26 Apr 2004
To help demystify what is actually required the Association of Accounting Technicians has put together a list of questions and answers looking at the key areas of concern. Scroll down the page to read them:
What is the position where a client is currently undergoing an in-depth enquiry with the Inland Revenue. Do members have to report this to NCIS or will the Inland Revenue have done it?
A. Even if the Inland Revenue are conducting an in-depth enquiry, you should still make a disclosure report but you can do this on the NCIS abbreviated form. The standard and abbreviated disclosure forms, along with guidance on when to use each, are available from the NCIS website.
'You should satisfy yourself that the documents offered are originals.' What happens if a member accepts a document which later turns out to be a forgery?
In deciding whether documents are genuine, you should be aware that documents could be forged but you are not required to engage in a forensic examination. If documents look genuine, you may accept them at face value, unless suspicion has been raised by other matters. If you do not know what they ought to look like, or doubt their veracity, you should seek guidance from the issuing authority. Foreign documents could be verified by the appropriate embassy.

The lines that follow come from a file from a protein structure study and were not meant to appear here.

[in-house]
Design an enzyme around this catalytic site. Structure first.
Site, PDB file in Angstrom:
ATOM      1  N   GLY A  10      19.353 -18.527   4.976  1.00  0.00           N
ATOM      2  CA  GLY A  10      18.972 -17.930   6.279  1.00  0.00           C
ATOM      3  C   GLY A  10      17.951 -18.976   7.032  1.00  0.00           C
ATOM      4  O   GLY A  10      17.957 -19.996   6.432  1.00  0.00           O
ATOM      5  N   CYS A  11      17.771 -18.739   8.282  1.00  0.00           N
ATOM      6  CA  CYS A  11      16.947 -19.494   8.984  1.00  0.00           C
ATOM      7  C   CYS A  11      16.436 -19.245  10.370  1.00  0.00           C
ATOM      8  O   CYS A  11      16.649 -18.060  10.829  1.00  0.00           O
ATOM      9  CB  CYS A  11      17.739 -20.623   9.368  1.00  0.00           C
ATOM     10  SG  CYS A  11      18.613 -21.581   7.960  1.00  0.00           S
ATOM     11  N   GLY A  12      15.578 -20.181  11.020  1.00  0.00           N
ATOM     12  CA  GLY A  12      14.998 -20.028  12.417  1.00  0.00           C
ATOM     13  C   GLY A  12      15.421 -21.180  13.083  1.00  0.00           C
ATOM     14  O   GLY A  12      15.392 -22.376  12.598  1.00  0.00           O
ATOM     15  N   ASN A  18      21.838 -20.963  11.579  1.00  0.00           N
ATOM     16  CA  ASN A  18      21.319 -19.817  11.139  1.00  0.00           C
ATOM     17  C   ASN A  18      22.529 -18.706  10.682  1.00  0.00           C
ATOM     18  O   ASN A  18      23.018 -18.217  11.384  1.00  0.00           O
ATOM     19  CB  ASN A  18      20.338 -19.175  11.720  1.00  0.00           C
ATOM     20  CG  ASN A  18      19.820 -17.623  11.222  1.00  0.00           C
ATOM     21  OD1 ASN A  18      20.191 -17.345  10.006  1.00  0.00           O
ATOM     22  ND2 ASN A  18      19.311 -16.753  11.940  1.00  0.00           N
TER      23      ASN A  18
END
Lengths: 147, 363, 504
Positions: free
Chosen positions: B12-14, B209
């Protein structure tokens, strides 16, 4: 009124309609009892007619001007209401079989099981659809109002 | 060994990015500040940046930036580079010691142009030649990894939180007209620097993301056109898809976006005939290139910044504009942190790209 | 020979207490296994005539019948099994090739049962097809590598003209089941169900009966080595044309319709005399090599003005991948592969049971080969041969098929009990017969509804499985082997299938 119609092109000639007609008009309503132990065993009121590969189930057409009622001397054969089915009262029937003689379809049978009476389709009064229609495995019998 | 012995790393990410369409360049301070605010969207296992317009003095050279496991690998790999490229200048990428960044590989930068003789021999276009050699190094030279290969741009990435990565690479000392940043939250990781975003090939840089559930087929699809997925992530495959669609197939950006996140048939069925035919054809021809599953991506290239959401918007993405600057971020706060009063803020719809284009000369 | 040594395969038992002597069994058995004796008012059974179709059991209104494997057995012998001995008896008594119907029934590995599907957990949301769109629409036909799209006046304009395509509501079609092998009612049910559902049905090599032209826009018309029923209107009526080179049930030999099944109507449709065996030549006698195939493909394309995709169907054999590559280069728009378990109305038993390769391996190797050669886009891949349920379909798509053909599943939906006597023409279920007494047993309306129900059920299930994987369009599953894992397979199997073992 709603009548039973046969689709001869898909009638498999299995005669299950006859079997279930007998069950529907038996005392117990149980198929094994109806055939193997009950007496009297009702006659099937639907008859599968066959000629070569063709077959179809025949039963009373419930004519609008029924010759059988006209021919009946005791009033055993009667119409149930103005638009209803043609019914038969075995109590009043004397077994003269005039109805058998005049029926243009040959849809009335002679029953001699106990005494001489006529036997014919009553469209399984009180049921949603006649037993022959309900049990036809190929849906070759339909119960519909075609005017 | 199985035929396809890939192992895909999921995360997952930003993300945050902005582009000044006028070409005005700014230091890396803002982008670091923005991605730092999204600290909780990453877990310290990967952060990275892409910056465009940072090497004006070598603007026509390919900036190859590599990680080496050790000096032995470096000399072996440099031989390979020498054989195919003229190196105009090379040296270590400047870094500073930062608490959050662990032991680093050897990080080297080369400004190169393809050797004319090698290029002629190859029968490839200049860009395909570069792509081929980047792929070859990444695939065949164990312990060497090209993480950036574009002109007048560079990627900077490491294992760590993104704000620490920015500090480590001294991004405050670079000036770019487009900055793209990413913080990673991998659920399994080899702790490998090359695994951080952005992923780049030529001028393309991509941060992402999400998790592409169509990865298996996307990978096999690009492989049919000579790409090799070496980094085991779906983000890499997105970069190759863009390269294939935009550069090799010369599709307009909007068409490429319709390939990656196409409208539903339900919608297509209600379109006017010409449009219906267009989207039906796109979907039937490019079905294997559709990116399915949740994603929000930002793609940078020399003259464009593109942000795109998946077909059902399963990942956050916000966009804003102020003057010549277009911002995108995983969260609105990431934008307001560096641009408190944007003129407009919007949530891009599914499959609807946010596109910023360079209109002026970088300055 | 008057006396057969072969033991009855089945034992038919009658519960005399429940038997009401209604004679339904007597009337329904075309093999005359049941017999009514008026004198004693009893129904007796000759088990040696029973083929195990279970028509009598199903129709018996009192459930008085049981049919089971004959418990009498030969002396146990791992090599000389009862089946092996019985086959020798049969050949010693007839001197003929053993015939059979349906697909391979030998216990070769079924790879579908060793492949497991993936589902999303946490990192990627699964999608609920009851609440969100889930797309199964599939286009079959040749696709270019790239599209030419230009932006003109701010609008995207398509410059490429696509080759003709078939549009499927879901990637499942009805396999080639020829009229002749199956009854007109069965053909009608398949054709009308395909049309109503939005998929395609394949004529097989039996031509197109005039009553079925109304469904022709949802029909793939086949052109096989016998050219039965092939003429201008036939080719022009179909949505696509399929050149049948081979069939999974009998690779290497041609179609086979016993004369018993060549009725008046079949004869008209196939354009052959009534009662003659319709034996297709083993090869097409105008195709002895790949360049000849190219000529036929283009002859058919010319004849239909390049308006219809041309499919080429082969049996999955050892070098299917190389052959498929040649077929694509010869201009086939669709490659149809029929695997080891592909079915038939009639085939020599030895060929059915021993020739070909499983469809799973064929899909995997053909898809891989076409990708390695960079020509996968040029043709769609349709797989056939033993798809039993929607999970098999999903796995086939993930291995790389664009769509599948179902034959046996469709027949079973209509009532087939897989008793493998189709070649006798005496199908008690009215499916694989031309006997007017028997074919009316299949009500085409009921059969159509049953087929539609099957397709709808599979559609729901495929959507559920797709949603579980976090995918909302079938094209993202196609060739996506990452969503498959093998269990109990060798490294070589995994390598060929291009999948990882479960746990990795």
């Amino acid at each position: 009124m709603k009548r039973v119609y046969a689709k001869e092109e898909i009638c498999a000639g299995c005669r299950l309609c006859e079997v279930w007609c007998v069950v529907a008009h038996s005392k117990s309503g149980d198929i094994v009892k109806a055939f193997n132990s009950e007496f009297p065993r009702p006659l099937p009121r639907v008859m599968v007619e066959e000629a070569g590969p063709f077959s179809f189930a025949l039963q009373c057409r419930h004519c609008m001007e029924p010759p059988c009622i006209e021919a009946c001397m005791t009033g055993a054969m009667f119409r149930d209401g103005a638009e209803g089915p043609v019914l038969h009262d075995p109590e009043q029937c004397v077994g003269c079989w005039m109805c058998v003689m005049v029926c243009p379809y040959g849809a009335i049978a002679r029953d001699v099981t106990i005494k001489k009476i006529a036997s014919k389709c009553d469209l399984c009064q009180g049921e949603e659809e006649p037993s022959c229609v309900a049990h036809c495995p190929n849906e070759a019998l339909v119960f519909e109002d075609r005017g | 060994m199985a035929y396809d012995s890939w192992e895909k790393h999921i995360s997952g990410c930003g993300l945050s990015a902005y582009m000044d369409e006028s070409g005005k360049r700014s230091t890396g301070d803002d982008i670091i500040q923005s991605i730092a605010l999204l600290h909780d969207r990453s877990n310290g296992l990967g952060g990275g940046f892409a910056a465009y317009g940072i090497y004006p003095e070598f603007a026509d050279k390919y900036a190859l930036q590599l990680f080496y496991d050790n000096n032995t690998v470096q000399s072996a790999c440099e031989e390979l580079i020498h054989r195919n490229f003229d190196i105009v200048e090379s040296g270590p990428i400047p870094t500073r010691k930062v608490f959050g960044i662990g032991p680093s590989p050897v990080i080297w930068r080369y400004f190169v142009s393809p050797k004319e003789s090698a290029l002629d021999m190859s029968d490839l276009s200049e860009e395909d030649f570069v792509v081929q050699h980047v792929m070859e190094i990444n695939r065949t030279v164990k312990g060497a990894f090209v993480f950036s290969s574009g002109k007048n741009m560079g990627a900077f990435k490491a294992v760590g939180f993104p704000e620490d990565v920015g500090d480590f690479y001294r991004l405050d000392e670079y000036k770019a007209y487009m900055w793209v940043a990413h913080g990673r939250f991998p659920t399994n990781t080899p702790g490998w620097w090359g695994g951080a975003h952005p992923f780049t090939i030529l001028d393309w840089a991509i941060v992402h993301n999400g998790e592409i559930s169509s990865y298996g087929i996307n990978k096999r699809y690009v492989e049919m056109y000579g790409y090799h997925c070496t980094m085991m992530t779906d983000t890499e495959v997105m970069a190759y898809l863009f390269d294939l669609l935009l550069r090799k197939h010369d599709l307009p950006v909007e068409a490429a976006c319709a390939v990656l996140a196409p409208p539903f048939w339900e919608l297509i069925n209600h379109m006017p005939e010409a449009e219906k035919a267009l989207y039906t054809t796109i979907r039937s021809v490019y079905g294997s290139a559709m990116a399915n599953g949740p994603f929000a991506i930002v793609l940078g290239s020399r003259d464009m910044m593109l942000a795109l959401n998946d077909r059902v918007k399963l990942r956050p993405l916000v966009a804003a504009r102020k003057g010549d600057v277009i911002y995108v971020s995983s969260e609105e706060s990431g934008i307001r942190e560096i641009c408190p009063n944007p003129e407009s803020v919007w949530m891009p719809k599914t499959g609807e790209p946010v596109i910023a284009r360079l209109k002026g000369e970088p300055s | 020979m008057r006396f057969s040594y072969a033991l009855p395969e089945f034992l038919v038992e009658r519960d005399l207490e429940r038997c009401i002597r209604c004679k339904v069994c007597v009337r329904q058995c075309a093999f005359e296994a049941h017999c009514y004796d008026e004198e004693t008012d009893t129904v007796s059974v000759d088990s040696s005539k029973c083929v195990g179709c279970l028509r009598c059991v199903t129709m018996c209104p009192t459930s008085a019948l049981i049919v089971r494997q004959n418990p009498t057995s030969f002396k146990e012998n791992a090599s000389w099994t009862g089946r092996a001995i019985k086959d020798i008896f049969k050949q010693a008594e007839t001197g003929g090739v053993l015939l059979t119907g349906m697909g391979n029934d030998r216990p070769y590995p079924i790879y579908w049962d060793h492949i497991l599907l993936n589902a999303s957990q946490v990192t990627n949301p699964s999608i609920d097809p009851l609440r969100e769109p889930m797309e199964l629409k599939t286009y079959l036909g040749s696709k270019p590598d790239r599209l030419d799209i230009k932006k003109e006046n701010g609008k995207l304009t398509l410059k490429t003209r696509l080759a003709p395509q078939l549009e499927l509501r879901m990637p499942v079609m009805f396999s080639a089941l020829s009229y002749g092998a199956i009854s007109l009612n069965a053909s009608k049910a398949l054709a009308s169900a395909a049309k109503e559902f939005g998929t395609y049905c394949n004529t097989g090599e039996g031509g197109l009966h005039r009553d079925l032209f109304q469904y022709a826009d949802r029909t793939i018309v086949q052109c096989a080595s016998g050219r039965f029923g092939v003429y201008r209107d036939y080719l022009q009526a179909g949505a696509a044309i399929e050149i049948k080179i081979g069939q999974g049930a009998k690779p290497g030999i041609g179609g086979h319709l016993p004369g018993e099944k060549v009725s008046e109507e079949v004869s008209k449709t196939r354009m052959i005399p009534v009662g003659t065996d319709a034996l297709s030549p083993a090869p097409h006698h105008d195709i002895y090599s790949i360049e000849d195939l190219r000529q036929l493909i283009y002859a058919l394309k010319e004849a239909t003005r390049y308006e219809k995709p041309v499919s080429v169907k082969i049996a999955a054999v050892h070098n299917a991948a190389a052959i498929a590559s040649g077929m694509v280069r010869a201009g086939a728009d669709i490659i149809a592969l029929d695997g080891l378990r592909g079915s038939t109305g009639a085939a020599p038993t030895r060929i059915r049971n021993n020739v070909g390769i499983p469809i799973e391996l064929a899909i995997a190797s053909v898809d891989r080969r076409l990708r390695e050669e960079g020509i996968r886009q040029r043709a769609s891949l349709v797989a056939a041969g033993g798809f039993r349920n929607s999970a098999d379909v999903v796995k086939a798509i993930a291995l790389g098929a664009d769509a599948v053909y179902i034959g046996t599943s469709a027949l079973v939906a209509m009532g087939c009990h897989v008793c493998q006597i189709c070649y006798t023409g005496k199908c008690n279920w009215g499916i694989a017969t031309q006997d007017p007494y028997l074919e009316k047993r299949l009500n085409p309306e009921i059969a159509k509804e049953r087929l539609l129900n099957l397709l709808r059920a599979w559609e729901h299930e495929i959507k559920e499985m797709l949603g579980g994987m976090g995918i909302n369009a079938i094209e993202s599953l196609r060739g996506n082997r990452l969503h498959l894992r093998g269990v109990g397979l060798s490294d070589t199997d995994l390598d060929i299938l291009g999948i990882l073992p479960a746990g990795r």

All that is required is that you act in good faith. You will not be liable if a document turns out to be a forgery, unless it is an obvious forgery.
Doesn't the AAT have a duty to protect members' interests by obtaining Treasury approval?
As yet there is no mechanism in place for the Treasury to provide approval. But even if there were, we take the view that our members' interests are best protected by not seeking such approval until the law is clarified by the courts.